Tag Archives: Temple Beth El

Faith – Israel’s Future

(My deepest appreciation goes to Micah Goodman who shared with me this paradigm for thinking about Israel at the Shalom Hartman Institute – July 2016).

In April of 1903, a Ukranian boy was found killed in the town of Dubossary.  Soon after, a Ukranian girl committed suicide by poisoning herself and died in a Jewish hospital.  The anti-Semitic newspaper Bessarabetz linked their deaths to the infamous blood-libel, claiming the children were killed so that their blood could be used to produce Passover Matzah.

At the urging of the Russian Orthodox priests on Easter Sunday, a mob poured out of the churches in Kishinev and over two days attacked the Jewish community with a viciousness that cannot be described.  Dozens of people, including infant children, were hideously murdered.  Dozens more women were gang raped and hundreds of houses destroyed.

The Hebrew poet Chaim Nahman Bialik was asked to visit Kishinev not long after and instead of submitting a report on the pogrom, he instead composed a poem called “The City of Slaughter.”  But Bialik’s reaction was not what one would typically expect. Instead of saying that the victims died in the sanctification of God’s name, he instead claims that their lives were taken in vain.  Bialik rails against the Jews for what he saw as their cowering passivity, their refusal to stand and fight.

Come, now, and I will bring you to their lairs
The privies, jakes and pigpens where the heirs
Of Hasmoneans lay, with trembling knees,
Concealed and cowering — the sons of the Maccabees!
The seed of saints, the scions of the lions!
Who, crammed by scores in all the sanctuaries of their shame,
So sanctified My name!

A young journalist named Vladimir Jabotinsky translated Bialik’s poem into Russian and from that inspiration became one of the most influential Zionist voices leading to the creation of the State of Israel.

Jabotinsky was born in 1880 in Odessa, which at the time was one of the most sophisticated centers of Jewish life in Europe.  As Zionist scholar Arthur Hertzberg explains, Jabotinsky “was raised much more on Russian than on Jewish culture.”[1]  At the age of 18, he skipped his last year of high school to become a foreign correspondent for one of the Odessa newspapers.  After a few months in Bern, he made his way to Rome, where he spent three years studying in the University.  He became a skilled orator and a talented writer, and he balanced both talents in his journalism career and his support for the growing Zionist movement.  Eventually Jabotinsky learned to speak eleven languages and could write in seven.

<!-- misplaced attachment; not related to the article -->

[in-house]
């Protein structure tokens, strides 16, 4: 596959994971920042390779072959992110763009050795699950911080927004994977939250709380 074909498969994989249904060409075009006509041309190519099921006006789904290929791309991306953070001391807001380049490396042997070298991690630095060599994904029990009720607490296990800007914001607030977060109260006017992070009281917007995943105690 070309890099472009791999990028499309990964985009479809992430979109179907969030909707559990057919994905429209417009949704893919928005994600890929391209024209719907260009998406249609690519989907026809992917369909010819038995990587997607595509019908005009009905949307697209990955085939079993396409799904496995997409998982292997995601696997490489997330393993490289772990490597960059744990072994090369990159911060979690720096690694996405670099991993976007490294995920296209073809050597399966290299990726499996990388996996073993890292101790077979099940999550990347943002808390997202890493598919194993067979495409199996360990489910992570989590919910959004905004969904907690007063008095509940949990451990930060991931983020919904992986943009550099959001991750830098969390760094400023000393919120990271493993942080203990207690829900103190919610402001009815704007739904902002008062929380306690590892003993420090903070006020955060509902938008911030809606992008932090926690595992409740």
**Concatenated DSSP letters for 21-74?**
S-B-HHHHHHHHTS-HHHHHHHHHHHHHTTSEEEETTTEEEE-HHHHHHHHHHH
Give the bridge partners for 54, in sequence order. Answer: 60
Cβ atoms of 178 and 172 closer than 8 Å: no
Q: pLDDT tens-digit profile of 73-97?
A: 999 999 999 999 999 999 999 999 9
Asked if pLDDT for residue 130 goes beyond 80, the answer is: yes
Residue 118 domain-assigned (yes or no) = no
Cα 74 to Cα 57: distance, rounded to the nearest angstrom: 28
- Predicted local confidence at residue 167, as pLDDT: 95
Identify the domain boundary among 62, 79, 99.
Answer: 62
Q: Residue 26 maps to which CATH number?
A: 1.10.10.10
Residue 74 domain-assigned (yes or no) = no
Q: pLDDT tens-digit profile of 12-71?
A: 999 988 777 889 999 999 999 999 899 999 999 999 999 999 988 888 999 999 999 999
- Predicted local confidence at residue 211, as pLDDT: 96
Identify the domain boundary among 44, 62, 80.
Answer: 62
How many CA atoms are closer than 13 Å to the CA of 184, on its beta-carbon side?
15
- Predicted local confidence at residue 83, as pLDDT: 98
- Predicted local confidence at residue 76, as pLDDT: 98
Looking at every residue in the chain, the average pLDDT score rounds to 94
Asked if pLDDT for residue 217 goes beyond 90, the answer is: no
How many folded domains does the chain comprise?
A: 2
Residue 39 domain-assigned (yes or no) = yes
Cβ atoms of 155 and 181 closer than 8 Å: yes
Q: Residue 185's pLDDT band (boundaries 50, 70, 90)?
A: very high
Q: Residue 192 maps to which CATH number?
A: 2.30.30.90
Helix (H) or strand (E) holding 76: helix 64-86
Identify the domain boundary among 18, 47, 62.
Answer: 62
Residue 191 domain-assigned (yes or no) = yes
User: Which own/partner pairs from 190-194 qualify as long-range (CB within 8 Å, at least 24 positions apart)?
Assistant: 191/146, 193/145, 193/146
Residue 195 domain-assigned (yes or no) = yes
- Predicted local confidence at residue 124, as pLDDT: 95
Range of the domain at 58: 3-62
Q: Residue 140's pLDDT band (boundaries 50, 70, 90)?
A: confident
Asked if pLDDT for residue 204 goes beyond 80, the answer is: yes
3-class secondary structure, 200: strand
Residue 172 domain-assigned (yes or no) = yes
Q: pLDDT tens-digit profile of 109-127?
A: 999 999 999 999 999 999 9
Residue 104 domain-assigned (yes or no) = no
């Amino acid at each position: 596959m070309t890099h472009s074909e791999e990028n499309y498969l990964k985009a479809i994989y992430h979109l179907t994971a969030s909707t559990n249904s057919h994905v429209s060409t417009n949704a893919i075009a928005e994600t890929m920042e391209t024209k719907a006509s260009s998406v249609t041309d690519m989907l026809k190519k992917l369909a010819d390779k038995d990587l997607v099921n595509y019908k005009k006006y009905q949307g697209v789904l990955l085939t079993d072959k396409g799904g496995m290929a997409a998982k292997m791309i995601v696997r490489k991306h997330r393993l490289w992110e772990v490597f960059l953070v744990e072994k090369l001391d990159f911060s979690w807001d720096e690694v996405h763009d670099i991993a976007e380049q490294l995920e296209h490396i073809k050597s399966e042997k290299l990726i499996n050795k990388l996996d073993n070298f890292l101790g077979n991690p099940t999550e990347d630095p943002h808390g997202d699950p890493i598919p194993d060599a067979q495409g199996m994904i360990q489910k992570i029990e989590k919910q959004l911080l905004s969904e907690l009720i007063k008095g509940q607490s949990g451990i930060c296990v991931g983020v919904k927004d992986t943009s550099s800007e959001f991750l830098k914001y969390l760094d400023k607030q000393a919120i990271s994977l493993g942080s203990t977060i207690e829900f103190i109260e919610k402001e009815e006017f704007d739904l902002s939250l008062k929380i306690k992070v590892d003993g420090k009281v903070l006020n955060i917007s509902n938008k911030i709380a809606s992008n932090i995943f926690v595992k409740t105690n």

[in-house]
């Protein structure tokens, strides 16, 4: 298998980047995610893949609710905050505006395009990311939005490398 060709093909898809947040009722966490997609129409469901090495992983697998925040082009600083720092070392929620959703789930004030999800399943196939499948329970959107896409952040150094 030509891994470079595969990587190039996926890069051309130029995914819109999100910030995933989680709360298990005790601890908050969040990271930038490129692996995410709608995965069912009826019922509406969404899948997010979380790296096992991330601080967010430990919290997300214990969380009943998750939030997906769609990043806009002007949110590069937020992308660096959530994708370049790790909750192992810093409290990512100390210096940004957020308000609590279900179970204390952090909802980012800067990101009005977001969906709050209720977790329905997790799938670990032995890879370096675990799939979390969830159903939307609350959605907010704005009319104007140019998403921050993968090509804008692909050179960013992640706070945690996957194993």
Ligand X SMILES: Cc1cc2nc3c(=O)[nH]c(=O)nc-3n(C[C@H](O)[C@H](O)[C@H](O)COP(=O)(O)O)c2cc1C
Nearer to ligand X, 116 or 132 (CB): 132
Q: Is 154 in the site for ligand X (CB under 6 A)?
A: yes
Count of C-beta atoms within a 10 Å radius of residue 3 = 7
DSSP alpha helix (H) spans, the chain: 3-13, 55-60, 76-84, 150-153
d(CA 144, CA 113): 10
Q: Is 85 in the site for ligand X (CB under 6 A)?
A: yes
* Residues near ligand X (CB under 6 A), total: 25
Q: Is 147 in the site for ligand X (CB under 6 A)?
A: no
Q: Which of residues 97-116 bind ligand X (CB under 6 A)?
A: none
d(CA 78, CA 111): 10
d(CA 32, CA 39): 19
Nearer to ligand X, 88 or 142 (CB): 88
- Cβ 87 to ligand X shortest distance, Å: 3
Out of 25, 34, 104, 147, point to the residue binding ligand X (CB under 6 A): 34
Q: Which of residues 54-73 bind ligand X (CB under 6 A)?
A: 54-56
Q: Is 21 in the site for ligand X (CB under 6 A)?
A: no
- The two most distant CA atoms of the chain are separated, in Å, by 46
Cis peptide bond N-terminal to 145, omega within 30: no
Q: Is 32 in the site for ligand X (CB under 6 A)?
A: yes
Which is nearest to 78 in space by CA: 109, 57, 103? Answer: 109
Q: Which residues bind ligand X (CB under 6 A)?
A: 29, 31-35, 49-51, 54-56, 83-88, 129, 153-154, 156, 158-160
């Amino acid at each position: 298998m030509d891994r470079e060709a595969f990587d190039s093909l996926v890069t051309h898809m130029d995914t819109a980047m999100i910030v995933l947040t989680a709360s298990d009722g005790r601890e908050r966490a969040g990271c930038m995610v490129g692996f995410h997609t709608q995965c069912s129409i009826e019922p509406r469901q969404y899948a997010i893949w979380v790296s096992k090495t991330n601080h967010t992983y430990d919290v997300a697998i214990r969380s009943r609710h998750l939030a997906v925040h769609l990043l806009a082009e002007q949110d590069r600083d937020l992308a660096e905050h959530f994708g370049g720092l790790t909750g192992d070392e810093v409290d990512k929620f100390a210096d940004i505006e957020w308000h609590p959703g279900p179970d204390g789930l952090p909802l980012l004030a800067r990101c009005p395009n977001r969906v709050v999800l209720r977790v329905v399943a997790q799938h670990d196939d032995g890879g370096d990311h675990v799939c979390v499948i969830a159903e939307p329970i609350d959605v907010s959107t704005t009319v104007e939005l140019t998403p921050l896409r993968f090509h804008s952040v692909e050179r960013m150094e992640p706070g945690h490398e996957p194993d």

For Jabotinsky, Zionism represented the resuscitation of the Maccabees, the reclamation of the Jewish people’s ability to defend themselves.  The creation of a Jewish state, he thought, was necessary for the very survival of the Jewish people.  During World War I, Jabotinsky foresaw that the Ottoman Empire would collapse, and so single-handedly pushed the British to allow the creation of three Jewish battalions, where he himself enlisted as a private and rose to the rank of lieutenant.  Following the war and the periodic Arab riots and revolts of the 1920s, Jabotinsky lobbied for a rapid mass immigration of Jews to Palestine, a position rejected by Chaim Weizmann and the Zionist elite.

There was another young journalist named Theodor Herzl who built a very different vision of Zionism.  Twenty years older than Jabotinsky, Herzl was a young foreign correspondent who had also been raised in an assimilated household.  He was assigned to cover the trial of Alfred Dreyfus, a Jewish captain in the French military, who was framed on charges of treason.  Covering the trial, Herzl was astounded when he heard cries of protesters outside the courthouse chanting, “Death to the Jews!  Death to the Jews!”  Despite all the claims of the enlightenment, Herzl had an epiphany that Europe would never accept the Jews.  He believed that if the Jews could actualize their dream of a homeland, and become a “normal” nation among the family of nations, then anti-Semitism would disappear.